Unisex Baby Names

10 baby names that don't adhere to gender norms


Like baby rooms, baby names can be anything you want them to be. A baby's future doesn't need to be determined by their gender, so if you'd like your baby to make their own choices about who they are and which gender they feel comfortable with, you may want to stick to names that can work for either a boy or girl.

Here are some of our favourites so far -- and feel free to add yours in the comment section below.

1. Jaden 
Fans of pop culture (and the Smith family), you are likely already aware of the splash Jaden Smith is currently making on social media, making this name one of the most talked-about in recent weeks. As for its meaning, "Jaden" is a form of "Jade," which translates into "precious stone." (And for the record, "Jade" is a pretty great name, too.)

2. Aubrey
Not to base this list entirely on pop culture, but there are two reasons why Aubrey makes a great unisex name: 1) Aubrey Plaza, who plays April on Parks and Recreation, and 2) Aubrey Graham, who plays Drake in real life. As for what the name means: "Fair Ruler of the Little People." So expect your baby to grow up a great leader.

3. Francis/Frances
But on the flip side, you could take a biblical name and apply it to a boy or girl since it suits each perfectly. Originally the name of Saint Francis of Assisi (in the 13th century), it's since been shortened to "Frank" for guys, or written as "Frances" for girls -- though with today's million spellings, either spelling can apply to either sex.

4. Jamie
While Jamie was once only the short form of "James" (which has become more and more popular as a girl's name), it was also adopted for names like Jaimie-Lee (or Jamie-Lee or Jamilee) in the '80s and '90s (at least according to my friends with those names). However, it's always been passable for boys or girls, and is another example of older names coming back. Just avoid spelling it "Jaymie" if you want to keep it classic.

5. Dana
If you're not willing to name your boy after SNL alum Dana Carvey, then what is even the point. But if the funnyman isn't proof that "Dana" works well as a boy's name, Dana from Step By Step is obviously more than enough of a reason to embrace that name for a girl. However, more seriously, the name was originally used as a surname before becoming popular by author Richard Dana in the 1800s. Since, its popularity has fallen since the 1950s -- but that's arguably more of a reason to bring it back.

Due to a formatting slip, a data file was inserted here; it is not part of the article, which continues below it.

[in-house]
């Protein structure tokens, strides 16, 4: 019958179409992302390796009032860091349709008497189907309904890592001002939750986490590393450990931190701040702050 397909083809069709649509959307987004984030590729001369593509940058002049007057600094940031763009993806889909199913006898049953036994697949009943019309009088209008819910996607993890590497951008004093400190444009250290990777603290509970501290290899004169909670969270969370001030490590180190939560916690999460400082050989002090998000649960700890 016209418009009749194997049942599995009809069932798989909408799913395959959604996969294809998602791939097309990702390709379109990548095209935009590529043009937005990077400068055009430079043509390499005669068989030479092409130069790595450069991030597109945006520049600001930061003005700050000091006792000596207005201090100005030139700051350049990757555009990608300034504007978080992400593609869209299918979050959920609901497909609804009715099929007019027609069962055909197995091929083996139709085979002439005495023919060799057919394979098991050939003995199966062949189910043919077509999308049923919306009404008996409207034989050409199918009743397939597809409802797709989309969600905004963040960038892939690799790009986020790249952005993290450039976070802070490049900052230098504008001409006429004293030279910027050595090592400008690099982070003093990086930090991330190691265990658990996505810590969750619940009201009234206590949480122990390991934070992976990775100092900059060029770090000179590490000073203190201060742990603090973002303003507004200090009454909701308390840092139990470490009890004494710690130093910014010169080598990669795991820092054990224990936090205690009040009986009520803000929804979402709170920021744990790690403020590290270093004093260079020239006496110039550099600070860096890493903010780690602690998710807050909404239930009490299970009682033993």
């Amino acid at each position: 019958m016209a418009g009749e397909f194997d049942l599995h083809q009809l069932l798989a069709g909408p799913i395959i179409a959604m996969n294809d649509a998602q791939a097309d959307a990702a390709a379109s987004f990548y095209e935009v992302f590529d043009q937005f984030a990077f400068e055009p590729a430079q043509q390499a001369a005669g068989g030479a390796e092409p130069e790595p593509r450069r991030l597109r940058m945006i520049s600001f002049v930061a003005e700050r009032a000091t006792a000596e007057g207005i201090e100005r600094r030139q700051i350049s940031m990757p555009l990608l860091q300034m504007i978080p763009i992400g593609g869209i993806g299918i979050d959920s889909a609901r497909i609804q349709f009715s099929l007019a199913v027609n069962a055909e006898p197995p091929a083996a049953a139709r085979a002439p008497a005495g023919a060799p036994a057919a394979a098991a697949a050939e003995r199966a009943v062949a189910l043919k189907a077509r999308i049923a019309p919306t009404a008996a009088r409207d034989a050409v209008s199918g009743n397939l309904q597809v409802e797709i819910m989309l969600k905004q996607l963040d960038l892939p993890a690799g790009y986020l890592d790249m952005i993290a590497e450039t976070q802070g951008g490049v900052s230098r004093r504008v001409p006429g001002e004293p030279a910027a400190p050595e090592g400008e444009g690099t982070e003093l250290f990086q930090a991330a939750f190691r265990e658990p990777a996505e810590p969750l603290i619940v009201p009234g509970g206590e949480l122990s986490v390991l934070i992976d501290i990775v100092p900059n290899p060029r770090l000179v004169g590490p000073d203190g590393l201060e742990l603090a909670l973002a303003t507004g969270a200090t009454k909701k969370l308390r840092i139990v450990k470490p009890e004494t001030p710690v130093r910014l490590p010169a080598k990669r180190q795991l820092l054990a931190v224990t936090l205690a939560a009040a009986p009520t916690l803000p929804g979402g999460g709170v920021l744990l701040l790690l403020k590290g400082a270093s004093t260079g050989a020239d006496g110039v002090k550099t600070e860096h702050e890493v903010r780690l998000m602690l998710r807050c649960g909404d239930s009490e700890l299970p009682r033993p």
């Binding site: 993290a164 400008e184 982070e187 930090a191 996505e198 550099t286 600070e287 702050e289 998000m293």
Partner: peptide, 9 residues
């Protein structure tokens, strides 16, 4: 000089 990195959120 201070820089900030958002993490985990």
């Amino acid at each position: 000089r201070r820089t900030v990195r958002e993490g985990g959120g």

6. Alex
Some names stick around for a reason, and "Alex" is a prime example of a name that adapts to suit generations. Alexander for a boy, Alexandra or Alexa for a girl: the name can act as a gender-free nickname if you want to go to the traditional baby name route, or you can commit to "Alex" straight up for a modern take on a old favourite.

7. Cameron
A tradtionally Scottish name (when used for a boy), it was also adapted from its surname origins as centuries progressed. But we already know how well it works with either gender: Cameron Diaz is one example, while Wiz Khalifa's real name is actually Cameron Thomaz. (And Wiz Khalifa rules -- as we all know.)

8. Parker
Still traditionally pegged as a boy's name on some baby sites, it's become increasingly recognized as a girl's as the '90s and 2000s progressed. According to The Baby Name Wizard, it originates from "a surname which arose as an occupational name for one who worked in a park." So the proof is there: the name's really for anyone.

9. Sam
Anyone who lived through the '90s will attest to this: anybody named "Sam" (particularly Gaby Hoffmann's character in Now and Then) was cooler than everybody. As we know, "Sam" is a short form of "Samantha" which is the female form of "Samuel" -- which means "God" in Hebrew. Like with "Alex," you can use it as a nickname -- or you can name your child "Sam" and let them choose how to use it.

10. Rowan
Believe it or not, "Rowan" actually means "little red-headed one," so if you have a baby with red hair, it looks like you've got yourself a name. However, throughout history it's never really been categorized as one gender-specific name or another -- so you can take a page from the book of Rowan Atkinson, or borrow from Brooke Shields, who named her daughter Rowan ten years ago.

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